kjartan holm

 

 

You need to go to Iceland to understand what makes a country like that so magical and the people living there so truly unique and open-minded. The darkness of their landscapes, the majesty of their glaciers and even the feisty, cold winter wind that blows from Rejkjavik to Eskifjordur is all part of one of the most special countries in the world.

 

All those aspects certainly must make an impact on the artistic creativity of the Icelandic people, given how much this country has gifted the music scene with artists like Bjork, Sigur Ros or Emiliana Torrini, just to mention a few of them, through the last four decades.

 

When in 2007 four young teenagers from Rejkjavik, Kjartan Hólm on guitar, Guðfinnur Sveinsson on guitar too, Elvar Jón Guðmundsson on bass and Jóhannes Ólafsson on drums (then replaced by Andri Freyr Þorgeirsson) got together to record in few hours their debut album, totally instrumental, called Reistu Þig Við, Sólin Er Komin Á Loft... (meaning Rise and Shine, the Sun's Up...), nobody would have expected the impact that their sound made not just in their native Iceland but in many countries worldwide. Their music is instinctive, raw, travelling in the same way a locomotive may do, with sonic acceleration and deceleration executed with the heaviness of an experienced rock band and the ethereal fluidity typical of the Icelandic music sounds. The band decided to call themselves For A Minor Reflection.

Opening for Sigur Ros in their 2008 Tour, gave the opportunity to the band to have global exposure in the music business, something that allowed them to create a more sophisticated second album, a year later, called Höldum í átt að óreiðu" (Heading in the direction of Chaos). Their second record did, commercially, very well too and the band continued their career as For A Minor Reflection until 2013, by releasing the live EP Live At Iceland Airwaves.

 

The band, although not officially dismantled, has stopped their activity since that live album and the band members have all gone for separate ways, getting involved in new music projects but still maintaining a great relationship and, who knows, maybe the doors open to the future for another release as For A Minor Reflection. 

 

Bluebird Reviews meets one of the main creative forces of the band, guitarist Kjartan Holm, to talk about the career of such a seminal band like For A Minor Reflection, in proximity of the 10 years since the release of their debut album. Holm has just released a new album with his new band called Tofa, a highly interesting post-rock music project. the album, their third as Tofa, is called Teeth Richards and, despite the pressure for the ongoing promotion of Tofa's new album, Holm kindly accepts to take us through the history and career of an extraordinary collective like For A Minor Reflection.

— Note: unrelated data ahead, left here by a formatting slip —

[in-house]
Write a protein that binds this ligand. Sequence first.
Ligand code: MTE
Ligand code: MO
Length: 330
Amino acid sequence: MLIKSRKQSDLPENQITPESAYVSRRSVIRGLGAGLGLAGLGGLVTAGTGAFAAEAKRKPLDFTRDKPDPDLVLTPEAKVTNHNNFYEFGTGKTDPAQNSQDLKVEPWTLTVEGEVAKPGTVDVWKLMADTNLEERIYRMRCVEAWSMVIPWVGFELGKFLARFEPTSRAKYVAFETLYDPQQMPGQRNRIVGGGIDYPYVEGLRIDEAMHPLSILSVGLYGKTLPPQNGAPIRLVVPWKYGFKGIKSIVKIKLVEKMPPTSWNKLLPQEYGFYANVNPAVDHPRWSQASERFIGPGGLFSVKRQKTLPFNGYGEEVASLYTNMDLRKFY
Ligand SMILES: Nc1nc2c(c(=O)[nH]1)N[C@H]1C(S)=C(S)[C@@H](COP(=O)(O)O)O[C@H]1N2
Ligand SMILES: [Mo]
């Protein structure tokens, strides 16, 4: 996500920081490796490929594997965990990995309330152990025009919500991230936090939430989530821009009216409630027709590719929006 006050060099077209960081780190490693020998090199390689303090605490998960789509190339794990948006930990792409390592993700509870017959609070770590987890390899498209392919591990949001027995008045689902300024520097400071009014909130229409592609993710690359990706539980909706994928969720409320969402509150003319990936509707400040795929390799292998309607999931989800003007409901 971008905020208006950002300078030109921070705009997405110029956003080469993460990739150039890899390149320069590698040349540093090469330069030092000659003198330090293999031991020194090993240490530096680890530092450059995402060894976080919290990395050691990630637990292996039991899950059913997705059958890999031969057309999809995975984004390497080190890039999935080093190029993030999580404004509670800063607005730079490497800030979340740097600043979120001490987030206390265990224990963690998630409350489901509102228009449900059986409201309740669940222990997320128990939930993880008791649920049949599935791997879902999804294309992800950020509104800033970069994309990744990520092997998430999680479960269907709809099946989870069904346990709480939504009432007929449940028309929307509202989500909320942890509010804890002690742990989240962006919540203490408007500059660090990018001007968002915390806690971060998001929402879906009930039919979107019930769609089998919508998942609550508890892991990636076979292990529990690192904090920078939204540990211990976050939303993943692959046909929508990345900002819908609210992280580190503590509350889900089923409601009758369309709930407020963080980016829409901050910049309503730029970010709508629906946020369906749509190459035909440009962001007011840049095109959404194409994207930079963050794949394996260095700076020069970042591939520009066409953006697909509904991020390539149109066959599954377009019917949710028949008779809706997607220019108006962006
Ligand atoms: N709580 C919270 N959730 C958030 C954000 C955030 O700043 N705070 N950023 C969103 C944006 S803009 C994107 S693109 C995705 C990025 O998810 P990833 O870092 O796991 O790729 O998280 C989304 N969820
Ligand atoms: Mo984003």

for a minor reflection

                                                                                                     For A Minor Reflection - 2007 circa

 

 

BBR - Kjartan, welcome to Bluebird Reviews, so good to talk to you. For A Minor Reflection is one of the most original instrumental rock band of the last 10 years, recognised as such by the worldwide music press since your debut in 2007. Was the choice of creating music through instrumental suites a deliberate choice for the band since Day 1 or were you initially thinking of adding a singer to the band's line-up but then things just changed?

KH - Well, originally we thought about having vocalists in our band but, as we started playing together, we found ourselves increasingly more comfortable just being an instrumental rock band. So yes, initially we had other plans but when we realised that we were feeling more comfortable expressing our music in that way, we said "Hey, this is the way that works for us, let's keep it that way". Funny, when I think about it, because currently I am working with a band that includes vocalists and I feel very comfortable as well working with music in that way. I just enjoy exploring different sides of music and have an open mind. I think it helps me, as a musician, to be constantly challenged.

 

BBR - Your debut album Reistu Þig Við, Sólin Er Komin Á Loft... (Rise and Shine, the Sun's Up...) sounded so immediate. It was the work of 4 creative forces improvising on the spot and able to carve music in continous movement, with changes of tempo that then defined the band's style for years to come. Who have been yours and the band's music heroes that fired up the extraordinary creativity that the whole band express in their sound?

KH - It's interesting that, within the band, we all liked different type of music. I remember, back in those days, to be listening to a lot to artists like Blink 182, mainly that kind of College Rock Music. Gudfinnur instead was very much into Coldplay, Andri liked a lot of metal kind of stuff while Jon was listening to a lot of material of the English band The Smiths. As you can see, none of the bands I just mentioned had anything to do with the music that we were playing, which is kind of ironic. We shared though, within the band, a common love for the sound of bands like Godspeed You! Black Emperor and given how different were our music preferences, our inspiration was really coming from many different musical directions. Which is what helped our sound to be constantly on the move, rather than being static, which is not the type of art making we wanted to create. We just plugged in and away we went. As you said, our music was really a genuine combustion of four musicians carrying their own backgrounds, amalgamating them and creating something that we thought it was truly unique, back then.  

  

BBR - In 2010, on the back of the huge impact of the 5000 copies that your debut album sold, you recorded the follow up to Þig Við, Sólin Er Komin Á Loft at Sigur Ros' studio in Iceland, in Sundlagin and mastered the new album, Höldum í átt að óreiðu" (Heading in the direction of Chaos) in Los Angeles. Given the more substantious budget you had at the time, do you feel that your second album shaped up the band's sound in a slightly different way or was the album just a natural progression of the band's musical path?